The new census numbers the federal government released today will make it tougher for pro-abortion President Barack Obama to win a re-election bid in 2012.
That’s because states that went for Obama saw population declines that will result in fewer electoral votes and states that did not support Obama in 2008 saw their population increase and, as a result, the number of electoral votes they will allocate to a presidential candidate next time.
The census found the United States population bumped up from approximately 281 million in 2000 to 308,745,538 as of April 1. Regionally, the northeast grew 3.2 percent while the Midwest grew 3.9 percent, the South grew 14.3 percent and the West grew 13.8 percent — making it so states that typically go Republican experienced more growth than predominantly Democratic areas.
Texas was the big winner in the reapportionment analysis, picking up four new seats in the House and four key electoral votes that have typically gone to Republican candidates and did in 2008.
The biggest Democratic state, California, saw no increase in its House delegation and no increase in electoral votes for Obama going into 2012.
On the Republican side, Texas picked up four seats, Arizona, Georgia, South Carolina, and Utah will gain one seat each while Louisiana loses one thanks to population declines following Hurricane Katrina and Missouri loses one as well. On the Democratic side, New York and Ohio lose two electoral votes each while the Obama-supporting states of Illinois, Iowa, Massachusetts, Michigan, New Jersey, and Pennsylvania lose one and the pro-Obama states Nevada, and Washington gain one and Florida gains two.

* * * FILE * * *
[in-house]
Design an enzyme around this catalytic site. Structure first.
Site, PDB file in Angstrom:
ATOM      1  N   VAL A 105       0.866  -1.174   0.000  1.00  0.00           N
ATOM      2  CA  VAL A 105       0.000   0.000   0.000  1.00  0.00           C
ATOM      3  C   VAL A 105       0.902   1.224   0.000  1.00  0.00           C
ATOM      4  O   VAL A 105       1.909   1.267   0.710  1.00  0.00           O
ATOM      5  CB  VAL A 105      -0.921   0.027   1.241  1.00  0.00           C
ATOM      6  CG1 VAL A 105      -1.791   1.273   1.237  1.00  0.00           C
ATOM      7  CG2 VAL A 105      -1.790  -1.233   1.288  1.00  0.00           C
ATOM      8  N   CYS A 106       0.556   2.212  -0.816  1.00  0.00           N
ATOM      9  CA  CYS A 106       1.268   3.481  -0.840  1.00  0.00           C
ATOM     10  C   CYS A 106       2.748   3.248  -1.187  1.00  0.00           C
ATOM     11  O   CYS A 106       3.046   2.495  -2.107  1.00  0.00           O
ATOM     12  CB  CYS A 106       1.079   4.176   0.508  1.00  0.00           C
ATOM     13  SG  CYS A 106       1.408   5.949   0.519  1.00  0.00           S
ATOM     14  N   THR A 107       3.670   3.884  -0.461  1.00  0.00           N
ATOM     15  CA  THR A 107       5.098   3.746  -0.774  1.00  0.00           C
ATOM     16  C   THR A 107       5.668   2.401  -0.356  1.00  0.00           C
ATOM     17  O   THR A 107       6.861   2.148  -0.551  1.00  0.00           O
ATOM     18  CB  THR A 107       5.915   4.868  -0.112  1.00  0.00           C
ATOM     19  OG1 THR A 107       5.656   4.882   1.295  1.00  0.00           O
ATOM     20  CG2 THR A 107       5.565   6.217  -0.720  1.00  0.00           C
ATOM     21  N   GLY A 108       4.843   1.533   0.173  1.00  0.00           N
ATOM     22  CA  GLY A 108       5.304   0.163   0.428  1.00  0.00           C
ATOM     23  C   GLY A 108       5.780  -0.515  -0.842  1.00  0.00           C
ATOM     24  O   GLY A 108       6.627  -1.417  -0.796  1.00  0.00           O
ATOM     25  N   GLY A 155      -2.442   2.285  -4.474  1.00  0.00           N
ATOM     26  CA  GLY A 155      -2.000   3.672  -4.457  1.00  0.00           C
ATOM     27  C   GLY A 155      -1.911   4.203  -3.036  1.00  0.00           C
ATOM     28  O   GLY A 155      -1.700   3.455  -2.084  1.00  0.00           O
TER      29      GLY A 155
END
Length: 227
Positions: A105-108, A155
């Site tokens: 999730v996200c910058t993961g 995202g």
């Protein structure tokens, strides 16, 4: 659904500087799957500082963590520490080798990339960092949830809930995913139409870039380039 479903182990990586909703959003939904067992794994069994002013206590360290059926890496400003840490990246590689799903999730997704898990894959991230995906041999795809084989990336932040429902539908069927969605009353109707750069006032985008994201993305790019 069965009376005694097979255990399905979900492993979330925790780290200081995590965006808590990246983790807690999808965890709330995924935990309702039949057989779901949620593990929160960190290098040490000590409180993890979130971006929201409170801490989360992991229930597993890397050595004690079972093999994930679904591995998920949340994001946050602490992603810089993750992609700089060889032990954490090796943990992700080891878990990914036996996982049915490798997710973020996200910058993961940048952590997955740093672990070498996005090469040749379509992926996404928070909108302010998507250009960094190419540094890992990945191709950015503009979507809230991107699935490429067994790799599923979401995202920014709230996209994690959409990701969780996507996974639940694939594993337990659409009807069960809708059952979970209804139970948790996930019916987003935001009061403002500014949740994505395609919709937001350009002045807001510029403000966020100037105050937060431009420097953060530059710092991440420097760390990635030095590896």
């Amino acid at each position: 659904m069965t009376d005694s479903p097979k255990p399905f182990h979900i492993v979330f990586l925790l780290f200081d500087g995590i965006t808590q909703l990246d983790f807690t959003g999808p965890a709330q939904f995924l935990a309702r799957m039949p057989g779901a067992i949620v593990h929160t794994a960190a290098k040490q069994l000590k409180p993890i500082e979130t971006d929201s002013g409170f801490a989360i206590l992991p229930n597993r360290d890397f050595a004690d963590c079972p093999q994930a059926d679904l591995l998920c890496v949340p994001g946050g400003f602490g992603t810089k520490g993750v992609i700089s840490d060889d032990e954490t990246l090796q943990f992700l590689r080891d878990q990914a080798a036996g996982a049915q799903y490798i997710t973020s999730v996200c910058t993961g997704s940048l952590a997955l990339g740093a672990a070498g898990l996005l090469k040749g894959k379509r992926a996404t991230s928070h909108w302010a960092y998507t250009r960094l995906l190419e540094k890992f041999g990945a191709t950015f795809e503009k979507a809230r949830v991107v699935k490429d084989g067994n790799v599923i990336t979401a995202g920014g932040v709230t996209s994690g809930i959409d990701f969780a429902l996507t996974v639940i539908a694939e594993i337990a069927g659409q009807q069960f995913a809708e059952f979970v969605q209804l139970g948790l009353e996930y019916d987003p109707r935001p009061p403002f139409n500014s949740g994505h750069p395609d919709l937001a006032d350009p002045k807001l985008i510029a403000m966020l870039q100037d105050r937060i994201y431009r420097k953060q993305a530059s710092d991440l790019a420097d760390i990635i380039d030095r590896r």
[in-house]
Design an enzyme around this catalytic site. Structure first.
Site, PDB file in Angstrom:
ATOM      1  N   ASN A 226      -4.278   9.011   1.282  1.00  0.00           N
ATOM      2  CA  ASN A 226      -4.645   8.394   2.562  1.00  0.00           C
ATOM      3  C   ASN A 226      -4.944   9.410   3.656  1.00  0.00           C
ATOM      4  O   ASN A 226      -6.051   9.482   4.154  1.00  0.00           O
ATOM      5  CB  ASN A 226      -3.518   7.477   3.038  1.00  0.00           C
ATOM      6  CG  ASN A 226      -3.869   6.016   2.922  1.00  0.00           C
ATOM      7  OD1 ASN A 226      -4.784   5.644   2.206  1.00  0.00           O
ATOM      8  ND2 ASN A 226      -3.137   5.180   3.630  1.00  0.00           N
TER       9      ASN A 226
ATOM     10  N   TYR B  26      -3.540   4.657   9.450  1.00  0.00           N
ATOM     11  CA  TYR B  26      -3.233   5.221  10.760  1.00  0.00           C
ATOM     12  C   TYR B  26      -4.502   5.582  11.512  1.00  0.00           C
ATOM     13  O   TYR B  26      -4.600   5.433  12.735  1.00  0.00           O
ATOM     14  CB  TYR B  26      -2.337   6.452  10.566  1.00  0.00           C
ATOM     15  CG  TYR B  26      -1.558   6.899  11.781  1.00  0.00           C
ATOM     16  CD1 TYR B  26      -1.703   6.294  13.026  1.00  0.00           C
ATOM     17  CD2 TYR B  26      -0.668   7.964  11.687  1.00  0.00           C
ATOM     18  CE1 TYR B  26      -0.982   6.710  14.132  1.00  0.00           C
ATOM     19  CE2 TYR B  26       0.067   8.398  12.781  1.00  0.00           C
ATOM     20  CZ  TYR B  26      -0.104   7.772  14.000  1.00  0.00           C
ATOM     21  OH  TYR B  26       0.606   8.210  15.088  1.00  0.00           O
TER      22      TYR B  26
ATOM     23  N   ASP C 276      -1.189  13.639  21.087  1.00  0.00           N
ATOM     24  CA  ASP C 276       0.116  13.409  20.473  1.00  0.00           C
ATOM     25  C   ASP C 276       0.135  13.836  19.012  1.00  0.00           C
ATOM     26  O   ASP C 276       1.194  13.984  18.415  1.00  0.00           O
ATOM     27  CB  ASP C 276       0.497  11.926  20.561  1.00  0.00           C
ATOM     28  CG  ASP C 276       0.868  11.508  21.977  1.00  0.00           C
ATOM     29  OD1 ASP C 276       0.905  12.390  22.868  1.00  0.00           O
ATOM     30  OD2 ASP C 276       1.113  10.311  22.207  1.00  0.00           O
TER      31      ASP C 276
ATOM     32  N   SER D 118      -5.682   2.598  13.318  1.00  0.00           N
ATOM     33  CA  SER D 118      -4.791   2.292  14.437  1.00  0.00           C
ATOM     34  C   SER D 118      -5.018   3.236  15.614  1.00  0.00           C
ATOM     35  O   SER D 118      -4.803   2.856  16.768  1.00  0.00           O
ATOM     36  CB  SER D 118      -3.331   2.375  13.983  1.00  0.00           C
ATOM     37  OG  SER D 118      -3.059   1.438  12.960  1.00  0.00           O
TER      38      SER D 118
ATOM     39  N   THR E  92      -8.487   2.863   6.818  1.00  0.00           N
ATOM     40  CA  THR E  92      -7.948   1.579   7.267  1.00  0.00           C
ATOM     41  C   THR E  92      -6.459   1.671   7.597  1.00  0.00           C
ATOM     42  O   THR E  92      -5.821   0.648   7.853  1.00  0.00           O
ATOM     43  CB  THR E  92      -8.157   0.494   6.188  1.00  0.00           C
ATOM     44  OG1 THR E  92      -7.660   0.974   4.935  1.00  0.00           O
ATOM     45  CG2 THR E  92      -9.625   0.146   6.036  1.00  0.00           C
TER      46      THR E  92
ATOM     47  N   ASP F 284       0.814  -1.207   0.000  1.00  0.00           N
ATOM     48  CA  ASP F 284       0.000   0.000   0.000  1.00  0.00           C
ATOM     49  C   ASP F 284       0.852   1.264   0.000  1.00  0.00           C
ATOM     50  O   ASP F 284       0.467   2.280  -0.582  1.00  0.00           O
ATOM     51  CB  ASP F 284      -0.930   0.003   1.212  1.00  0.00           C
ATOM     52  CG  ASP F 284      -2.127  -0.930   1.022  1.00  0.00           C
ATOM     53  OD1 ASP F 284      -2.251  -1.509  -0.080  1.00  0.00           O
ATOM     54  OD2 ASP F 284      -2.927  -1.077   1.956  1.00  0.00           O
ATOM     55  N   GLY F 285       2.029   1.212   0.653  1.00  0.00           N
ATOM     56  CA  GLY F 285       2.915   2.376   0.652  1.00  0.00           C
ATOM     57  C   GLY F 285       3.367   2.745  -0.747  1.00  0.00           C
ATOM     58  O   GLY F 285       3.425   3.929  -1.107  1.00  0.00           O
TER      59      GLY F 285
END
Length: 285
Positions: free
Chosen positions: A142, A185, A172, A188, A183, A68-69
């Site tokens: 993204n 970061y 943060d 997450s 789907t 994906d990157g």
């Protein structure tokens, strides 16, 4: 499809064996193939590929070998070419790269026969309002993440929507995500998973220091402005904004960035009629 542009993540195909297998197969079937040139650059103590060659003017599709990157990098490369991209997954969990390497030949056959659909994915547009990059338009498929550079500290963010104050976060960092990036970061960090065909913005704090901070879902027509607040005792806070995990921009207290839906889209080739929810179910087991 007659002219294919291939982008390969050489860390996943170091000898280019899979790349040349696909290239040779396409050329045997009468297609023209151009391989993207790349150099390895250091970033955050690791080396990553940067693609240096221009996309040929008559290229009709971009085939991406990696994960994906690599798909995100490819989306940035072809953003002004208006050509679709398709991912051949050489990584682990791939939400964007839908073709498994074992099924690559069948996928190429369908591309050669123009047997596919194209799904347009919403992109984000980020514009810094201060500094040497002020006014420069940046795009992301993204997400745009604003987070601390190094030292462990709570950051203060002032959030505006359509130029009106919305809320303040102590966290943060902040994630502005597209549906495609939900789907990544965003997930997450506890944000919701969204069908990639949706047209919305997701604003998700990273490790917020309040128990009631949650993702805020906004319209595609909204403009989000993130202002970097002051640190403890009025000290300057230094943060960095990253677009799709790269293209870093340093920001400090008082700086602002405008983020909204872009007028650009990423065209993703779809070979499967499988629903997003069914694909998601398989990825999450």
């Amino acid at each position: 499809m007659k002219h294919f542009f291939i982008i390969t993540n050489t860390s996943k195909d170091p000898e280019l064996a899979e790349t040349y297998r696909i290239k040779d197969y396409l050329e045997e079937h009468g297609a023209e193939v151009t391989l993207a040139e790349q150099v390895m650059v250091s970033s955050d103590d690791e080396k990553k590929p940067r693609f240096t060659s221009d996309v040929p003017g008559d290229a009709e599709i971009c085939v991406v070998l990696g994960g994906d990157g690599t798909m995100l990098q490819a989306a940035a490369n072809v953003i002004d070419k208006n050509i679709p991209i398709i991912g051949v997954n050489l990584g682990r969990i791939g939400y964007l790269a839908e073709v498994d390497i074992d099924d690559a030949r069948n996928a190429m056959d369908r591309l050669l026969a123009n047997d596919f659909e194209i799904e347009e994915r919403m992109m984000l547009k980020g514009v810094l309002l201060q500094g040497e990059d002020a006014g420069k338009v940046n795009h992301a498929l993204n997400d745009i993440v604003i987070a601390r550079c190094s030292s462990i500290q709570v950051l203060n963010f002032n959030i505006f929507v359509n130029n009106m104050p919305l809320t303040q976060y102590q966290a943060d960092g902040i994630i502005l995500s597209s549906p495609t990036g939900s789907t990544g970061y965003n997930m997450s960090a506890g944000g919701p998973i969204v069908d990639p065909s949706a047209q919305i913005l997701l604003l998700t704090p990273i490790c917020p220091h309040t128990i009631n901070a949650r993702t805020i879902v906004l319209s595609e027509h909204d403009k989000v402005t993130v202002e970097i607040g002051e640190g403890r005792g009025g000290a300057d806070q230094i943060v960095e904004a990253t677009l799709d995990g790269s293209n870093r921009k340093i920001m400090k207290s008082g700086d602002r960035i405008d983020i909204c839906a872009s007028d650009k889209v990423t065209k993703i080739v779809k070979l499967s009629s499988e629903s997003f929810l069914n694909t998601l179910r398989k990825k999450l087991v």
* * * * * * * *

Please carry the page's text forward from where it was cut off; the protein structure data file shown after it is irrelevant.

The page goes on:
Ultimately, states voting against Obama in 2012 gained six electoral votes while states supporting him in 2008 lost six — a total shift of 12 electoral votes. With what political observers see as a likely tightening of the electoral college map from the 365-173 vote victory Obama had over John McCain in 2008, the 12 votes could make a huge difference as Republicans combine those numbers with the retaking of states that went for pro-life President George W. Bush in 2000 and 2004 but slipped to Obama in the last presidential election.
Compared to the close 2000 and 2004 elections, where Bush beat pro-abortion Democrats Al Gore and John Kerry, the extra 12 votes would have given him a much more comfortable margin of victory and would have helped avoid the recount issues that plagued Florida.
The eventual Republican candidate will have to focus on states Bush won, including Florida, Indiana, Ohio, Nevada, Colorado, New Mexico, Iowa, Virginia and North Carolina. Some of those states are population winners today and will give the winner more electoral votes than they would have in 2008 — putting more pressure on candidates to campaign there.
The loss of electoral votes also translate into a loss of seats in the House of Representatives, making it more likely pro-life Republicans can keep control of the House following the 2012 elections and can continue advancing the pro-life agenda.
Nevada was the biggest gainer in the population race with a 35.1 percent increase since 2000. The census figures showed Ohio population up 1.6% since 2000, Florida up 17.6%, Georgia up 18.3% and California up 10%. Michigan’s population declined .4 percent, the first state to show a decline since four states showed one in the 1990 census.